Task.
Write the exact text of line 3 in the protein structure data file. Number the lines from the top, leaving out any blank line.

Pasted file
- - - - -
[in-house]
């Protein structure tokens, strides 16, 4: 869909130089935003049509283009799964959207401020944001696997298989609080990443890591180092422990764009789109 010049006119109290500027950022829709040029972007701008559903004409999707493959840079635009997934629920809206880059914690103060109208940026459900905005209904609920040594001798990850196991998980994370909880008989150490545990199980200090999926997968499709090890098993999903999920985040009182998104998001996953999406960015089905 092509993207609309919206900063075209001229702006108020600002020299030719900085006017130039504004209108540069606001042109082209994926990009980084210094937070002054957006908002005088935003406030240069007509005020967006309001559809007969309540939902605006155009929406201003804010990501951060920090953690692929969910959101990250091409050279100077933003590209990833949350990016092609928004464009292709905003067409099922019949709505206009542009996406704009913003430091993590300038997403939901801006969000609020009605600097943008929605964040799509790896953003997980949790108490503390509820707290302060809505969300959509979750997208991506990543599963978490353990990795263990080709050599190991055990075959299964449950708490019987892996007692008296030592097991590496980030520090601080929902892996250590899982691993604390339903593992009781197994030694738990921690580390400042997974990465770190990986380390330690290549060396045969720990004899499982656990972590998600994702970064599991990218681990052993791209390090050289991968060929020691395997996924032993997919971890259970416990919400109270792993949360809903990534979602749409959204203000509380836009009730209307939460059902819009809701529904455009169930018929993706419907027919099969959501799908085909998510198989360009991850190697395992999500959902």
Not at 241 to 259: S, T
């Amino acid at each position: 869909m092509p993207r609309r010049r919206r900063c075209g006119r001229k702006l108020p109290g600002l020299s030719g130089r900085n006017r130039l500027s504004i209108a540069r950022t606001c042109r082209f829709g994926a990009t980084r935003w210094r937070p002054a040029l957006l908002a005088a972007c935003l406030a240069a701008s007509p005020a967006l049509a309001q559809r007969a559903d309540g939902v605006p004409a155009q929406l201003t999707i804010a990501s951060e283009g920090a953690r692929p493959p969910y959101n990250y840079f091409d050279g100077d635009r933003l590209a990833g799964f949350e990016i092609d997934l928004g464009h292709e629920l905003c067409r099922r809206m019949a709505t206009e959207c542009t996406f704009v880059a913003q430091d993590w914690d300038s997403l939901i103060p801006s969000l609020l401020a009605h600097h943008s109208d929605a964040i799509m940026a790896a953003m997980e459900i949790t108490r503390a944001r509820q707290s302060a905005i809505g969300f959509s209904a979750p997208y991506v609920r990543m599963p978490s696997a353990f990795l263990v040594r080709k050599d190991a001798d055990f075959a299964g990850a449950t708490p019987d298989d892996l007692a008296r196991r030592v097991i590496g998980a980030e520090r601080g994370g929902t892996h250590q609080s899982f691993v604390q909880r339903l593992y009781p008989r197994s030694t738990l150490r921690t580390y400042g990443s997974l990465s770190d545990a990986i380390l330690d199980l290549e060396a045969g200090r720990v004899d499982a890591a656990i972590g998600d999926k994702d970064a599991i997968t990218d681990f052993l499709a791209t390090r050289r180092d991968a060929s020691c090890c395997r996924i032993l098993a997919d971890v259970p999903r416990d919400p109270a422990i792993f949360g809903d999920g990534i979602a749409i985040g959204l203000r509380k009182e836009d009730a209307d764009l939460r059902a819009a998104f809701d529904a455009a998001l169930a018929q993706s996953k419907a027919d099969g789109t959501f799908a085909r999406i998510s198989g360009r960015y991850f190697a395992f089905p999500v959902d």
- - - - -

Not at 241 to 259: S, T